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Robert Carr, Earl of Somerset; Frances, Countess of Somerset

© National Portrait Gallery, London

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Robert Carr, Earl of Somerset; Frances, Countess of Somerset

attributed to Renold or Reginold Elstrack (Elstracke), sold by John Hinde
line engraving, circa 1615
7 7/8 in. x 6 1/8 in. (201 mm x 154 mm) paper size
Reference Collection
NPG D1316

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This double portrait of Robert Carr, Earl of Somerset, a favourite of James I, and his new wife Frances was probably produced around 1615 when they were being interrogated over the murder of the courtier Sir Thomas Overbury who had opposed their marriage. Frances was vilified in the press and they were charged the following year. They spent over five years in the Tower of London but were spared execution and later pardoned. The portrait was still in print over thirty years later.

Related worksback to top

  • NPG D19777: Robert Carr, Earl of Somerset; Frances, Countess of Somerset (from same plate)
  • NPG D25783: Robert Carr, Earl of Somerset and Frances, Countess of Somerset (from same plate)

Linked publicationsback to top

  • Bolland, Charlotte, Tudor & Jacobean Portraits, 2018, p. 73 Read entry

    Robert Carr was a young Scottish page in James VI's retinue who travelled to England with his friend Thomas Overbury. Carr came to the king's attention after a fall from his horse at the Accession Day tilt in 1607, following which James helped nurse him back to health. As he rose in the king's favour he was knighted and granted the sequestered estates of Sir Walter Ralegh. As factions developed at court, Carr began an affair with Frances Devereux, Lady Essex, daughter of Thomas Howard, 1st Earl of Suffolk. Overbury, who had become Carr's secretary, opposed the relationship, and as a result the Howards sought to remove him from favour by manipulating him into refusing the offer of an ambassadorship; this resulted in his imprisonment in 1613, and he died in the Tower after five months. Frances's marriage to Robert Devereux, 3rd Earl of Essex, was annulled, and she married Carr, by then Earl of Somerset, in December of that year. However, after two years it emerged that Overbury had been poisoned in the Tower; the Somersets were indicted, and Frances confessed her involvement, although, after being found guilty, both were pardoned and released. Engraved images of Overbury were produced soon after his death; this portrait incorporates an inscription lamenting his ill luck and false friendships. The subsequent revelation that he had been murdered caused a public scandal, and an engraved double portrait of the earl and countess circulated widely; it was still in print more than thirty years later and was often used to illustrate accounts of the case.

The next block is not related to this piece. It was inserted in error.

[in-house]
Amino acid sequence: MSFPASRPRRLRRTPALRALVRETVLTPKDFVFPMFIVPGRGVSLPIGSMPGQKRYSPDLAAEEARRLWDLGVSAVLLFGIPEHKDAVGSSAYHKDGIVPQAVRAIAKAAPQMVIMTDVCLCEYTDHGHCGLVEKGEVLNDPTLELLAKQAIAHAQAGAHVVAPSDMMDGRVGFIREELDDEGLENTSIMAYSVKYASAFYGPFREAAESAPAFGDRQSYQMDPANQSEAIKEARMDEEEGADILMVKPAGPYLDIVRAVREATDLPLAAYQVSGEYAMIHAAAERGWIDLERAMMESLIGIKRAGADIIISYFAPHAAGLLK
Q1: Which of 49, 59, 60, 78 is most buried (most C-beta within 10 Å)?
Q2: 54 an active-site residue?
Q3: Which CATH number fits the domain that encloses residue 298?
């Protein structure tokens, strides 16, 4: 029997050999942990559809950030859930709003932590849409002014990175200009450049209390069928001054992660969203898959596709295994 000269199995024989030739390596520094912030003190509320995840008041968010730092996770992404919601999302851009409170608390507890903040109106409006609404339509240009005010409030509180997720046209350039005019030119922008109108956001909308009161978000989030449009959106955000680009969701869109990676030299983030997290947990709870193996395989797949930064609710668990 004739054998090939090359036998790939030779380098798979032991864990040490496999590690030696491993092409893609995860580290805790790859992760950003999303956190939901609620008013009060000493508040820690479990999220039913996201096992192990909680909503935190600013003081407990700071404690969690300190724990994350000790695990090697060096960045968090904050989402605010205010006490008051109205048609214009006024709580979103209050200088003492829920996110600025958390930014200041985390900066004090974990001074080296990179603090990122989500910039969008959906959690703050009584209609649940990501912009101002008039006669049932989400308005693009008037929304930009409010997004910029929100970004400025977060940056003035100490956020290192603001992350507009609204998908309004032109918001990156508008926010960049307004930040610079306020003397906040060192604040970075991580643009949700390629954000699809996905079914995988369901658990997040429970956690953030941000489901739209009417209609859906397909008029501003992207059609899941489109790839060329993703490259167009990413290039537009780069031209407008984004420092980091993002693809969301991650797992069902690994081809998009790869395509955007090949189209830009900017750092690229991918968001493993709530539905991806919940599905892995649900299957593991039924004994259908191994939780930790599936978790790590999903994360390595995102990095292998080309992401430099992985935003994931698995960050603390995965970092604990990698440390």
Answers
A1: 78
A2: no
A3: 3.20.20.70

Linked displays and exhibitionsback to top

Events of 1615back to top

Current affairs

George Villiers, Duke of Buckingham, is knighted and appointed gentleman of the Bechamber and replaces Robert Carr, Earl of Somerset, as the king's favourite. Buckingham would prosper under the king's patronage, advancing rapidly through the peerage.
The Somersets stand trial for the murder of Sir Thomas Overbury.

Art and science

James I produces Remonstrance for the Right of Kings and the Independence of their Crownes, in which he defends European kingship and directly confronts the papacy.
Architect Inigo Jones is appointed Surveyor of the King's Works and would hold the post for 27 years.

International

The Spanish court send official articles to serve as a basis for negotiations concerning a marriage alliance between Charles, Prince of Wales and the Spanish king Philip III's second daughter, Maria Anna.
Marriage of French king Louis XIII and the Spanish Infanta, Anne, Philip III's eldest daughter.

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